Investigators say it likely will be weeks before they determine the cause of the deadly Washington subway crash.But the accident, which killed nine and wounded 75 during the Monday afternoon rush hour, has once again highlighted the need to update America’s aging infrastructure.Federal investigators warned Washington’s Metro system to replace or upgrade its older cars after a 2004 accident, but the transportation agency said it couldn’t afford to retire the 30-year-old cars for another decade.Now they’ve changed their tune.”I think it is urgent, and let’s do it as quickly as humanly possible,” Washington Mayor Adrian Fenty said on ABC’s “Today Show.” “It’s not a small sum of money, but lives are more important than finances.”It will likely cost $1 billion to replace the 290 subway cars that have been in operation since Metro first opened in 1976.Metro has a hard enough time simply keeping the trains running as it must secure funding from three states — Maryland, Virginia and the District of Columbia — with all the legislative headaches that entails.Can the federal government help?Public concerns about government spending are on the rise after a $787 economic stimulus bill and pricey bailouts of banks and automakers.Congress aims to take up a $450 billion bill to finance long-term transportation spending this summer, but the Obama administration is urging an 18-month delay to allow legislators to focus on healthcare and climate change.Some in the House of Representatives worry that could delay needed upgrades.That’s not something nervous commuters want to hear.Photo credit: REUTERS/Yuri Gripas (Rescue workers at the scene of the June 22 crash in Washington)For more Reuters political news, click here.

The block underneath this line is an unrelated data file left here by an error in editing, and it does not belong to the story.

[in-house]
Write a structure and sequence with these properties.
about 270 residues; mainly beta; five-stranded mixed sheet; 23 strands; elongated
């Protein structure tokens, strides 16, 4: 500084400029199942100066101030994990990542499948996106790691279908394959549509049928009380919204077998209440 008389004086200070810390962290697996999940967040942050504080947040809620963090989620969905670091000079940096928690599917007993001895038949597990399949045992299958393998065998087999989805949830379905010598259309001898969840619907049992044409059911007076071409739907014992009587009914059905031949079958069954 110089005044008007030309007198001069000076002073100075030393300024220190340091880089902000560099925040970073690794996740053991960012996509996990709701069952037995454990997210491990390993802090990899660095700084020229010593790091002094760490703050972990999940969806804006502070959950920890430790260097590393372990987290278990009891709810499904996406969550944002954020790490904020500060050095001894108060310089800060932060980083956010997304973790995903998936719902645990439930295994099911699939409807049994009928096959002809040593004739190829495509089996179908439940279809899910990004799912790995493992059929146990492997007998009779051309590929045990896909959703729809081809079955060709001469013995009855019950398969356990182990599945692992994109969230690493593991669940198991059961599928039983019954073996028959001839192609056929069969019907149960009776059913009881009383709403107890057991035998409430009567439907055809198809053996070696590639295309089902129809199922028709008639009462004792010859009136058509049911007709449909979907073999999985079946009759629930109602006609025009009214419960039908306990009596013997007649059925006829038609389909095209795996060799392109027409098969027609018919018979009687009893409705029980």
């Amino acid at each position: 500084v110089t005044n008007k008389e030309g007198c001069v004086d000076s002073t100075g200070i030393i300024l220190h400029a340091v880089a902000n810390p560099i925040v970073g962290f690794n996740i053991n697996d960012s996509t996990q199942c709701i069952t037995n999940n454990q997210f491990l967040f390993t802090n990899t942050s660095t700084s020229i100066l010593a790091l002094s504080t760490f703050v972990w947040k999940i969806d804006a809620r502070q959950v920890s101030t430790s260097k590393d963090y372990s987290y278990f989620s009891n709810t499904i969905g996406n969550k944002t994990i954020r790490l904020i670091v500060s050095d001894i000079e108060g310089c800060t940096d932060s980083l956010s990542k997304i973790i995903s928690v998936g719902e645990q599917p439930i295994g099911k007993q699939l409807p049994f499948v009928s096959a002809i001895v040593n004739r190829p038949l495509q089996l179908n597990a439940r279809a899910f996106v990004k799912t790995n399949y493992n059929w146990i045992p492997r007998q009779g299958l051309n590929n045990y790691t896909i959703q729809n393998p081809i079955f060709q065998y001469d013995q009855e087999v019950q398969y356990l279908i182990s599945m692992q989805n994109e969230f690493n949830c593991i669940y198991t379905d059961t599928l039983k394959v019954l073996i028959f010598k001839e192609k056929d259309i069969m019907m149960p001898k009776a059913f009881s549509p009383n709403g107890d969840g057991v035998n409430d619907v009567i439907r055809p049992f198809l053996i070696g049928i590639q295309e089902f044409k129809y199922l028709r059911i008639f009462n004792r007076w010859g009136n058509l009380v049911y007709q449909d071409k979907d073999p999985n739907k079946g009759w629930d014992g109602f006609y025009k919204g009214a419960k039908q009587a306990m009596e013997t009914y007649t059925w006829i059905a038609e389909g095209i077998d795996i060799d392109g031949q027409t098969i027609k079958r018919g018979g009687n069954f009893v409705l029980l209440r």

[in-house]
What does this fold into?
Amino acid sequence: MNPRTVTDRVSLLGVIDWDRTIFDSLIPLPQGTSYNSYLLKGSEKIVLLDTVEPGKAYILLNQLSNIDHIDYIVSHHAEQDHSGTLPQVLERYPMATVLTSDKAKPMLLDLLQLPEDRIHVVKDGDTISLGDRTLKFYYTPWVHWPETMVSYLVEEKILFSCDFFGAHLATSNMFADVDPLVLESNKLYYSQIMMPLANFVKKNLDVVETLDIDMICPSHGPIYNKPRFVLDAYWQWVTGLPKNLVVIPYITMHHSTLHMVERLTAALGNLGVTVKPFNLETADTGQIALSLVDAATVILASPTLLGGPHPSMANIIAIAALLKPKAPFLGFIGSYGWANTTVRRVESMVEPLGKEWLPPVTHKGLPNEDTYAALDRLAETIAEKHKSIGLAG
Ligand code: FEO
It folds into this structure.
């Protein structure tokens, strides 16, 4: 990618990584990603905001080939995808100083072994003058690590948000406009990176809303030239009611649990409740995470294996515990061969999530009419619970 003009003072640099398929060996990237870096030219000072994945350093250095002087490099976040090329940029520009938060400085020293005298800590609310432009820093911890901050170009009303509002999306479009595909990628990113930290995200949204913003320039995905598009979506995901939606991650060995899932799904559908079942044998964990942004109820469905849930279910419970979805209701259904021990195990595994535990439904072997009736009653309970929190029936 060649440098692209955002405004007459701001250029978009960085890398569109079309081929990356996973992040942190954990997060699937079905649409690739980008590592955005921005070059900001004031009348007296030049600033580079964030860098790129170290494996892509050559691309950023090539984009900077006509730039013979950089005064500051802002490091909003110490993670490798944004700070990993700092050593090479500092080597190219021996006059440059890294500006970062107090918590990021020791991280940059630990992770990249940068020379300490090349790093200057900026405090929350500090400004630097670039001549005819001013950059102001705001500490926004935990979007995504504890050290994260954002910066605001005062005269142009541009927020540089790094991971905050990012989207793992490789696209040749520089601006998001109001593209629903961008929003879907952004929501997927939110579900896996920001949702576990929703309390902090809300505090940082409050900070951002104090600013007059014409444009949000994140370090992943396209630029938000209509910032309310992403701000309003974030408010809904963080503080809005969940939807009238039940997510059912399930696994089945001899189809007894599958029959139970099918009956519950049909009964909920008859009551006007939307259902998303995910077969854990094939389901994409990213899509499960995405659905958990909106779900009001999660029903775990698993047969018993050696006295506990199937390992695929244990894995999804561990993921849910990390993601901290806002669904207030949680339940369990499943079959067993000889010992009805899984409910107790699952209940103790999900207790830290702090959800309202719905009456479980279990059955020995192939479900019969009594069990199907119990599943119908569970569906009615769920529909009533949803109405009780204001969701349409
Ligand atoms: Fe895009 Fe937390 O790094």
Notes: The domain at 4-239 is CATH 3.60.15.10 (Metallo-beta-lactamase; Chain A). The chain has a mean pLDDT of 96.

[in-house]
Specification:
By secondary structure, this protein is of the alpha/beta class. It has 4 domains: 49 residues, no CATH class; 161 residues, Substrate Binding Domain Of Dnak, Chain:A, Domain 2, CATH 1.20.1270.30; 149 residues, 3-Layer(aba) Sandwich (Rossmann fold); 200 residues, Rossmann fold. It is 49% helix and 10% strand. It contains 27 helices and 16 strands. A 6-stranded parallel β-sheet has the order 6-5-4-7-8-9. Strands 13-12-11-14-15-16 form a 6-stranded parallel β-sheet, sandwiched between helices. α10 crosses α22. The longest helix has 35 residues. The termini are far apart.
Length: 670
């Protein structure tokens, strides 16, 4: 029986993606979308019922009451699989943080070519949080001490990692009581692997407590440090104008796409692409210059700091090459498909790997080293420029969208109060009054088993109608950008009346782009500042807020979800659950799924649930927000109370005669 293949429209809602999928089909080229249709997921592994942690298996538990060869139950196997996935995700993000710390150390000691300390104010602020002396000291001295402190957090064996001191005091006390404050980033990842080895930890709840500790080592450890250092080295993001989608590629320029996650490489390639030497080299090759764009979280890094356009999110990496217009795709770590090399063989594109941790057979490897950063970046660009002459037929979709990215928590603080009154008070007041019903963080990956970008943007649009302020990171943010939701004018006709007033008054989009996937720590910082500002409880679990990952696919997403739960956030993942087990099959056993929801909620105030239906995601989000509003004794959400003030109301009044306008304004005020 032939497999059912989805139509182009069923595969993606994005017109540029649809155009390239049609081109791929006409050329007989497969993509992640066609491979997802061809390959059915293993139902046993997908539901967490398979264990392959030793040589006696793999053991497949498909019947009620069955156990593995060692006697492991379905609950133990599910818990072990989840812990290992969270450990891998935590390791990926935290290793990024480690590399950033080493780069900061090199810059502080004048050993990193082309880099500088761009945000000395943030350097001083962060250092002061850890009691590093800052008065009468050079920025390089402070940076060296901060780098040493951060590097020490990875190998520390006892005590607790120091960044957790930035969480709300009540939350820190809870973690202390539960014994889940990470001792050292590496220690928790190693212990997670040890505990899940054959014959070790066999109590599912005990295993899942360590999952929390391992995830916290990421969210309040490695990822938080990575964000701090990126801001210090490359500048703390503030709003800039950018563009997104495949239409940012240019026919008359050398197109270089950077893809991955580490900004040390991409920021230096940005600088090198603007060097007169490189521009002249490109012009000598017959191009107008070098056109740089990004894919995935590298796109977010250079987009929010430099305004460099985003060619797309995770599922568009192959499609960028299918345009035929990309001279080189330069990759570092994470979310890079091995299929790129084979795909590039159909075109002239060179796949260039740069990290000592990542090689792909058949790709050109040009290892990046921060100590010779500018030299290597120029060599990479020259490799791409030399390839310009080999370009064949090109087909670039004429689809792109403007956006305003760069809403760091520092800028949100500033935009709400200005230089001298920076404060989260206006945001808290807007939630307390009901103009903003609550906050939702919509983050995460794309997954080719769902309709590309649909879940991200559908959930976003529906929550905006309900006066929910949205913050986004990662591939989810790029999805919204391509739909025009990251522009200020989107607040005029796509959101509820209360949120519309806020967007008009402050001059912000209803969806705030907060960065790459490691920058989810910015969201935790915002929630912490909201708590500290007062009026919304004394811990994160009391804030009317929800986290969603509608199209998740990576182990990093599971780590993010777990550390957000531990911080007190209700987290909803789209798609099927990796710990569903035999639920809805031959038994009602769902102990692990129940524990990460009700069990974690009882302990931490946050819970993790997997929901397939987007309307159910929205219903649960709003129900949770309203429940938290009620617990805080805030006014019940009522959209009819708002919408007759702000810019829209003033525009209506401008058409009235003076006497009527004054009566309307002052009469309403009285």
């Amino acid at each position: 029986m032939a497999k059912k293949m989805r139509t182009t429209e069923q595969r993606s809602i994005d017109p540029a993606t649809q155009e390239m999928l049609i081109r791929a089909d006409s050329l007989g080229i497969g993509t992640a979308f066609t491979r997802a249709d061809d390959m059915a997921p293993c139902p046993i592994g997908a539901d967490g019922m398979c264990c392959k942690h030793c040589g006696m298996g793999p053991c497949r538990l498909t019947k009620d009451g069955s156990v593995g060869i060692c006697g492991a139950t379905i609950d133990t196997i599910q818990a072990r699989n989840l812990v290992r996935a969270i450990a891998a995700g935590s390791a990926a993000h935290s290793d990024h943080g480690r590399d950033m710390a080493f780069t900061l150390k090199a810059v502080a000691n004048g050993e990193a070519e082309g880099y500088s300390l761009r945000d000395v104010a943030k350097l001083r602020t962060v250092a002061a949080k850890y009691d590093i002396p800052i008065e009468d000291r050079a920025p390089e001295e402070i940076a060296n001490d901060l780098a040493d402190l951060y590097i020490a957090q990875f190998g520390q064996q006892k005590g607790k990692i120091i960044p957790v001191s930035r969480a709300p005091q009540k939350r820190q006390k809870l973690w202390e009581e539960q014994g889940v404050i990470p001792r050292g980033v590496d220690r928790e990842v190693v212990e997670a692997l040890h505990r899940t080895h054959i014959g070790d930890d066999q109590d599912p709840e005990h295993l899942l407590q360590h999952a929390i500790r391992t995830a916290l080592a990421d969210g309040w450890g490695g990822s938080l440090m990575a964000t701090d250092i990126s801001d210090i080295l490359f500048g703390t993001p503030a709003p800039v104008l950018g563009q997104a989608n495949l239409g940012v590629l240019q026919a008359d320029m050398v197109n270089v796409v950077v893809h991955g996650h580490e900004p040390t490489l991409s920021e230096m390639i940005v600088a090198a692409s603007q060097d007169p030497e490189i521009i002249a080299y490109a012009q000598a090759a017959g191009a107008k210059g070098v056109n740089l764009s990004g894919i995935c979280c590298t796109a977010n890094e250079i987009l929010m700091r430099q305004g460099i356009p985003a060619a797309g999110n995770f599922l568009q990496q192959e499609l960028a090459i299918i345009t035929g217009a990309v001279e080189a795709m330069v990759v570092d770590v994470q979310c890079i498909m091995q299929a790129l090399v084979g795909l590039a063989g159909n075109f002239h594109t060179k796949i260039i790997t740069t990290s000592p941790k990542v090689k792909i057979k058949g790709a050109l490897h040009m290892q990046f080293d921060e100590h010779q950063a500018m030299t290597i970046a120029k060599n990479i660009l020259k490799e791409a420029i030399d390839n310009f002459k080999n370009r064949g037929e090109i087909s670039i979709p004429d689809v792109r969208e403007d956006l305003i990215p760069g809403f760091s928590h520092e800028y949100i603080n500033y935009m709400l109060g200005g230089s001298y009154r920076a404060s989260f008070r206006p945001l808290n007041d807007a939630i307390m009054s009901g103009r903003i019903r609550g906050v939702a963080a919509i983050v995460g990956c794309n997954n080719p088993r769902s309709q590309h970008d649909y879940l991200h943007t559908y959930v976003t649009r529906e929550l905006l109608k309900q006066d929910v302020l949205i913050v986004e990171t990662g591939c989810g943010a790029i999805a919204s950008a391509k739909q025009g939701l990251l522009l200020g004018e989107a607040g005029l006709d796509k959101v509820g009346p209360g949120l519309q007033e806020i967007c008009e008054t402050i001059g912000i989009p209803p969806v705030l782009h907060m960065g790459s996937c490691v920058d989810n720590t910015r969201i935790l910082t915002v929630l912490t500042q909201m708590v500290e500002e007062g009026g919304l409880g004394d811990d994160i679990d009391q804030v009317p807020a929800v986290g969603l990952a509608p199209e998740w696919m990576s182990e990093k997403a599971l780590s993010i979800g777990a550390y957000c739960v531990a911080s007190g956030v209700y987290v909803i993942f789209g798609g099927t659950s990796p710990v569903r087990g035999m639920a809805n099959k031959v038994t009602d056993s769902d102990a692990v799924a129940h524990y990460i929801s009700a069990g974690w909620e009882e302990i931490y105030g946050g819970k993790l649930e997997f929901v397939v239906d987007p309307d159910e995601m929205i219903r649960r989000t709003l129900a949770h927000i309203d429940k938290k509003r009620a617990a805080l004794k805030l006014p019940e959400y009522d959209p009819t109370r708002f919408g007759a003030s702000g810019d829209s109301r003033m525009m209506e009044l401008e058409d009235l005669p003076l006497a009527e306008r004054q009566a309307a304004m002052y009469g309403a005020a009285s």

Tales from the Trail
WASHINGTON – President-elect Barack Obama made an impromptu foray into his new hometown on Saturday with a visit to D.C. landmark Ben’s Chili Bowl and threw health-consciousness to the wind: a chili half-smoke, and don’t hold the shredded cheese.
“Where the food at?” Obama asked the staff as he walked through the restaurant accompanied by Washington Mayor Adrian Fenty, shaking hands and posing for pictures.
The neighborhood diner in the city’s U Street district has served up food to the likes of Bill Cosby, Ella Fitzgerald and Martin Luther King, Jr. since it opened its doors in 1958.